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The Art Before Christmas

The Art Before Christmas

It’s the last art class before Christmas and everyone has that ‘end of term’ feeling – you know, when you’re unsure if you can concentrate on your art or not? You have a squillion and one things to do at home, after all and someone’s just put a sausage roll and a mug of mulled wine in front of you.
Before you take a sip, however, here’s a way to make art that feels more like play than hard work and always produces great results.

Working on thin scrap paper, design your motif. If you’re not sure how, try something using a continuous line with a repeated pattern. My example looks like a series of overlaid triangles, but none of them are actually complete; it’s really just one, long line. Your first idea might be the best, but don’t stop until you’ve done at least half a dozen – you know, because that sausage roll has only just come out of the microwave.

Turn your chosen design over and smear the back of it with black oil paint. For a drawing  like the one above, just a pea-sized amount will do (and spread it on with a palette knife, because it’s easier to clean). You’ll notice, also, I punched little holes through the paper so I can see where my drawing begins and ends.

I call it ‘The Ineluctable Modality Of The Overdone Turkey’ and it’s yours for £50,000.
Actually, it’s the reverse of my design, ready for printing.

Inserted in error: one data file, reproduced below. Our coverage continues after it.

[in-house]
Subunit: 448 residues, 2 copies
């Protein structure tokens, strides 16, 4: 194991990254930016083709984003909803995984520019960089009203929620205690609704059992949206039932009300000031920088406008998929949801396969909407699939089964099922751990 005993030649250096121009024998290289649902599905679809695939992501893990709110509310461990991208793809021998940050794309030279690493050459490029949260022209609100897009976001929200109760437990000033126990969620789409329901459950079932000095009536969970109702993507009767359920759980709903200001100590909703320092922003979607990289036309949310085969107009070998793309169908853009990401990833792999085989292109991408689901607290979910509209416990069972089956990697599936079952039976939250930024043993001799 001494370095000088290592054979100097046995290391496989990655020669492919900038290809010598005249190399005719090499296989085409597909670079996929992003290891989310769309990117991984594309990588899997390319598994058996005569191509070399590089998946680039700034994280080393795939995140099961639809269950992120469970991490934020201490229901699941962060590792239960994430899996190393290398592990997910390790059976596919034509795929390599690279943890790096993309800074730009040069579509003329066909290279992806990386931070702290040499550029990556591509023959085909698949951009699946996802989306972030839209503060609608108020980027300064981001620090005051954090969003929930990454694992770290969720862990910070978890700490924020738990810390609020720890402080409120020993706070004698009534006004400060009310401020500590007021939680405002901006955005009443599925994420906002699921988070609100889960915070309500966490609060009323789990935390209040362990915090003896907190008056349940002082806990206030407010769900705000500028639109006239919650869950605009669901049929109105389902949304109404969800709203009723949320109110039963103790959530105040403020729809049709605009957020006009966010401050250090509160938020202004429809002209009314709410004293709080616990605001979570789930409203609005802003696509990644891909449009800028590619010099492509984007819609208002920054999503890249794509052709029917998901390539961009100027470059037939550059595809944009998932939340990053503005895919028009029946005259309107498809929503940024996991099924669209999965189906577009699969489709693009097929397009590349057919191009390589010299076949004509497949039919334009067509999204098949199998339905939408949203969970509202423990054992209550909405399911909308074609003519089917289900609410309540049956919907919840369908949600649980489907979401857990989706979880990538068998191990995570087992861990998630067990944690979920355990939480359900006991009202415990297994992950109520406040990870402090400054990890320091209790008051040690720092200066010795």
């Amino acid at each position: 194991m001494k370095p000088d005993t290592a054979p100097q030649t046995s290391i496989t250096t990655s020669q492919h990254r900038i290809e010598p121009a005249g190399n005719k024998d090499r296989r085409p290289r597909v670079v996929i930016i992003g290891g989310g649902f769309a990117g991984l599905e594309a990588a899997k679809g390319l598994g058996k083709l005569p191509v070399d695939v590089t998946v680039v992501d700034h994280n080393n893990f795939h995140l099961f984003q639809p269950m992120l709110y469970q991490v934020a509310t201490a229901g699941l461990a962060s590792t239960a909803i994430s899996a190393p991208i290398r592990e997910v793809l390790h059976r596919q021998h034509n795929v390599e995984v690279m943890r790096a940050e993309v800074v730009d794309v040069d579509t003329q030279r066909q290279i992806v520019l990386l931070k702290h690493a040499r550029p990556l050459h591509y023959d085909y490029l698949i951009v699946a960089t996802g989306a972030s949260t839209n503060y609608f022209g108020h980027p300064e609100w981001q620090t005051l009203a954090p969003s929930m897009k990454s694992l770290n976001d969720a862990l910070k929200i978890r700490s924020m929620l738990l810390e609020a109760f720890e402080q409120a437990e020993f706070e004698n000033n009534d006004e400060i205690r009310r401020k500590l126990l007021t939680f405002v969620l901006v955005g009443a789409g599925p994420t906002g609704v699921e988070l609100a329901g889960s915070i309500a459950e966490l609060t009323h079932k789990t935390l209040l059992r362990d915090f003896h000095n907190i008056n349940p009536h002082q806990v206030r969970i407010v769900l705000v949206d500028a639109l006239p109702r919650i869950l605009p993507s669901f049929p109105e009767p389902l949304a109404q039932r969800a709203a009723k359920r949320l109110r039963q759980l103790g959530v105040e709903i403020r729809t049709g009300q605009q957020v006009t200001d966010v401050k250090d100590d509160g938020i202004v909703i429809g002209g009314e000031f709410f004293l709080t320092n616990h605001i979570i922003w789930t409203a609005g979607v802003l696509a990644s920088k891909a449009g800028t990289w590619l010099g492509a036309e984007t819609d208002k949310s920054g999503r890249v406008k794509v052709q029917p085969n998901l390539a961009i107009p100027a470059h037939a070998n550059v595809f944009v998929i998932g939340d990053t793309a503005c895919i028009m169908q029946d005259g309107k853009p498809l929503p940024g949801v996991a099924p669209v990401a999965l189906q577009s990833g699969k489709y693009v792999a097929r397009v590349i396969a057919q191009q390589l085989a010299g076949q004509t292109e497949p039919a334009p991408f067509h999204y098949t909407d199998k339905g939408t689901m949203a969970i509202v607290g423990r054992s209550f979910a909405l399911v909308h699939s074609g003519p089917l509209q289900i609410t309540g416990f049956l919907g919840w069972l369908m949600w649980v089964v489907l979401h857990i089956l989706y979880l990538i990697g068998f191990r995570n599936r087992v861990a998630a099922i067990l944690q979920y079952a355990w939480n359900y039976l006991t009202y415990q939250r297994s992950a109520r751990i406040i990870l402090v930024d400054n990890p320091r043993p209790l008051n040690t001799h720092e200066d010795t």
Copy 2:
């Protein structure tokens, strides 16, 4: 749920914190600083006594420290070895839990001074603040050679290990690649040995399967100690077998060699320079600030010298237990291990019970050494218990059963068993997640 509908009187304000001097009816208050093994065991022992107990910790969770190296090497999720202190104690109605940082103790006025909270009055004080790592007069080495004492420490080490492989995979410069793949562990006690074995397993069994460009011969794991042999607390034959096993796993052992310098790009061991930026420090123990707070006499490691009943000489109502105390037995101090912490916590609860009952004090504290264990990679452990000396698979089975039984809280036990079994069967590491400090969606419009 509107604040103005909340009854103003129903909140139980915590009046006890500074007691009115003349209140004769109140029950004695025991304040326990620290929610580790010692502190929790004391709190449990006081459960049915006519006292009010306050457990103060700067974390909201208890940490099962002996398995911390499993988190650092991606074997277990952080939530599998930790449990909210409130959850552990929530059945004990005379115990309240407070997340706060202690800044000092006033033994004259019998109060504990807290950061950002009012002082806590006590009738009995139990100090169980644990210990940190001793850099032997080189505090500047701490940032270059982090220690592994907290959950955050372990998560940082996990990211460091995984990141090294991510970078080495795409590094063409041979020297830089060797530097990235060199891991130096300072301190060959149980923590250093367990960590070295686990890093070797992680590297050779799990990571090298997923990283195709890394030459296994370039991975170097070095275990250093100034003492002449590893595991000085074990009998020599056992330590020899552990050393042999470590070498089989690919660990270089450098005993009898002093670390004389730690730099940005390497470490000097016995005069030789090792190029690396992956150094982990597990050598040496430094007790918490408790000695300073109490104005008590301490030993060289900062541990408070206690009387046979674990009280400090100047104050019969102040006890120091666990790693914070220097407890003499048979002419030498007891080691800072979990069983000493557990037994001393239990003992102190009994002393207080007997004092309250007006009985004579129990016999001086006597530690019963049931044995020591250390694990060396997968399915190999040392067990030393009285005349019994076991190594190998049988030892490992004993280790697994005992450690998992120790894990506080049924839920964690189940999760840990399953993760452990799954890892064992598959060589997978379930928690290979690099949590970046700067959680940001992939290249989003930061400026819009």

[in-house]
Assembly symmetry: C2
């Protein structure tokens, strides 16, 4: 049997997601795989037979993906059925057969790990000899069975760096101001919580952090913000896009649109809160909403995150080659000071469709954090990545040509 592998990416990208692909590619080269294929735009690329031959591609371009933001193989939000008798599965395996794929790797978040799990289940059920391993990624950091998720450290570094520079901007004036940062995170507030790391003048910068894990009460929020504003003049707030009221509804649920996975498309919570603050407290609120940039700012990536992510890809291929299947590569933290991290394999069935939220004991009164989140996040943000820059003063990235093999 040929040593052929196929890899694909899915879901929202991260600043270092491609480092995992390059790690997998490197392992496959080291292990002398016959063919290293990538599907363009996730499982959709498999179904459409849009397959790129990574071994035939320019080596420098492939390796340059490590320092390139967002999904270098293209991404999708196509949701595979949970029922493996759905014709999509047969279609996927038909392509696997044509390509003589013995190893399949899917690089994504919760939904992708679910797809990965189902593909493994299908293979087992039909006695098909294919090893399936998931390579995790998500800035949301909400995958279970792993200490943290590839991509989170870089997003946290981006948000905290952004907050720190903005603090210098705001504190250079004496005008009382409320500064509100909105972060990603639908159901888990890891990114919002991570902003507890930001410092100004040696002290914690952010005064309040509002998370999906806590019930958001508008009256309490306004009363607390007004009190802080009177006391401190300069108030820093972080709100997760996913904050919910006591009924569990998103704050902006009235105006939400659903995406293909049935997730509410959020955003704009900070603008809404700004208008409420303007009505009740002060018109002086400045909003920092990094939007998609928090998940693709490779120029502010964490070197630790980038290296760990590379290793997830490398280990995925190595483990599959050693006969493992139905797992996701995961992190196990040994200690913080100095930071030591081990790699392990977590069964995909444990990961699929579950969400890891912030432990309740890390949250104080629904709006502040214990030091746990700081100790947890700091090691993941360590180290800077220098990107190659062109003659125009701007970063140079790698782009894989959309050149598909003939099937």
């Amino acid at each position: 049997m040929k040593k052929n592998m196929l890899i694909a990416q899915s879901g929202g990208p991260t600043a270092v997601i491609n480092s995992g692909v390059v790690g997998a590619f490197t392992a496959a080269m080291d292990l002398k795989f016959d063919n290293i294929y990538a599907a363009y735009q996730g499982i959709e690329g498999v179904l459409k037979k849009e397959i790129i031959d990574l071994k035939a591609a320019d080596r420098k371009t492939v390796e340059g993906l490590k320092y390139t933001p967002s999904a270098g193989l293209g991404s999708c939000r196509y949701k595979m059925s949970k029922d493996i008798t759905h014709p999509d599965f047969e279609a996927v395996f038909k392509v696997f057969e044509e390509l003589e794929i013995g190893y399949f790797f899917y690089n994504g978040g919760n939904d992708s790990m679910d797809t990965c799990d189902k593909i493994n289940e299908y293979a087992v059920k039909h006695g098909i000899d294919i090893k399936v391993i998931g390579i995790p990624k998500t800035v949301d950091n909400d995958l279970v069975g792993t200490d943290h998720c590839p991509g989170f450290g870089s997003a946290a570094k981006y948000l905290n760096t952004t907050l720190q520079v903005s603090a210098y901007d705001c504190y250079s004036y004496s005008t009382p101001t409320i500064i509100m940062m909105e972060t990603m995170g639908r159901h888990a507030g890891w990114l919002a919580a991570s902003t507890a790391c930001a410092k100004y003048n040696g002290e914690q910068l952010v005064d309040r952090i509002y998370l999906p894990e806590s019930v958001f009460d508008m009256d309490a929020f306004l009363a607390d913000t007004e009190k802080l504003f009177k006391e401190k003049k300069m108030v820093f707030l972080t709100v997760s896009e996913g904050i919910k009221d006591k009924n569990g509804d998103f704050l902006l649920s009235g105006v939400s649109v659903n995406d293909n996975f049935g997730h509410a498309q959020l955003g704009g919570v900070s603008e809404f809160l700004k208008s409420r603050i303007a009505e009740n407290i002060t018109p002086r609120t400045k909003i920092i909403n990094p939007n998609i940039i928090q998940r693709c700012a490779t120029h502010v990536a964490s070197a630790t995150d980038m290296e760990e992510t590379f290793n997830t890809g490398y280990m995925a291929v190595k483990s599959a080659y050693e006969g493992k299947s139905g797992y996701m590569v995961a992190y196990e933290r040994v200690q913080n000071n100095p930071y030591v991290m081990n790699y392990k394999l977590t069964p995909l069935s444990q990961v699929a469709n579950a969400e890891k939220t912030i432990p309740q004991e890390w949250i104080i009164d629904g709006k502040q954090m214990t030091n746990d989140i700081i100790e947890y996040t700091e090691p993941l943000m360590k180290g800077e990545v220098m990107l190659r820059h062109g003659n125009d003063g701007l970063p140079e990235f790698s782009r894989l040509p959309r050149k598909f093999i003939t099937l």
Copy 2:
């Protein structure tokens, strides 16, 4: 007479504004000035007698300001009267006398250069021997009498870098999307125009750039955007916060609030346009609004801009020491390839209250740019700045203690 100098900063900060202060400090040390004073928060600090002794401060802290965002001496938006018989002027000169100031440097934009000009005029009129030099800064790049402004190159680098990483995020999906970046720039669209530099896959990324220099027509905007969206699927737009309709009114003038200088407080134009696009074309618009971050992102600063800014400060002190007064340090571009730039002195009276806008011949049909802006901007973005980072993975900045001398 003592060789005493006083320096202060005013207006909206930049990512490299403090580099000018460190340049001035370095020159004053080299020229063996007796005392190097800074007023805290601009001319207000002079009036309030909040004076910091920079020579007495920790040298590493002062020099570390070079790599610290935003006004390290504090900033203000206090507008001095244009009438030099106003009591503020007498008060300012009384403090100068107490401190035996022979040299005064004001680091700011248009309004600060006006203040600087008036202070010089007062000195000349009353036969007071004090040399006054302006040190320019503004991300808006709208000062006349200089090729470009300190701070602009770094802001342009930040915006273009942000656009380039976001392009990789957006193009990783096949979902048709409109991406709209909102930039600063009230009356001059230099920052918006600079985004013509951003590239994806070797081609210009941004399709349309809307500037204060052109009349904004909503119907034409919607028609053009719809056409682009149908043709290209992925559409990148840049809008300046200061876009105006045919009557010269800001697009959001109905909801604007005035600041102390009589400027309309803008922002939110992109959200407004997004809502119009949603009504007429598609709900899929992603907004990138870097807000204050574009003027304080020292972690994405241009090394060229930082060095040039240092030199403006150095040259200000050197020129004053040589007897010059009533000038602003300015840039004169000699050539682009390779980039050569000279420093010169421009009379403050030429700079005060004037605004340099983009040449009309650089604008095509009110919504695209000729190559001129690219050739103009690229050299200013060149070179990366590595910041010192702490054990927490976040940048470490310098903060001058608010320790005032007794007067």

Turn your piece of paper over again and blot it on newspaper. I use the Frome Times, but you can use anything, even back issues of The Beano.

Turn your design over again and place it, lightly, onto a sheet of watercolour paper. If the oil has stained through the paper, your original design may be hard to see by now, so that’s why I used a coloured pencil. At this point, you can do one of two things: moan about the fact that I didn’t tell you that earlier or press on (quite literally) by tracing over your design so that the oil prints down onto the watercolour paper.

You’ll see that I taped my original to the board so that it wouldn’t slip around.

Ta da! You should get at least one more ‘print’ from your design before having to re-paint the back.

Because oil and water don’t mix, you can start painting almost immediately (that sausage roll won’t wait all day, you know). This image uses alternating glazes of pale Forest Green and Vermilion.


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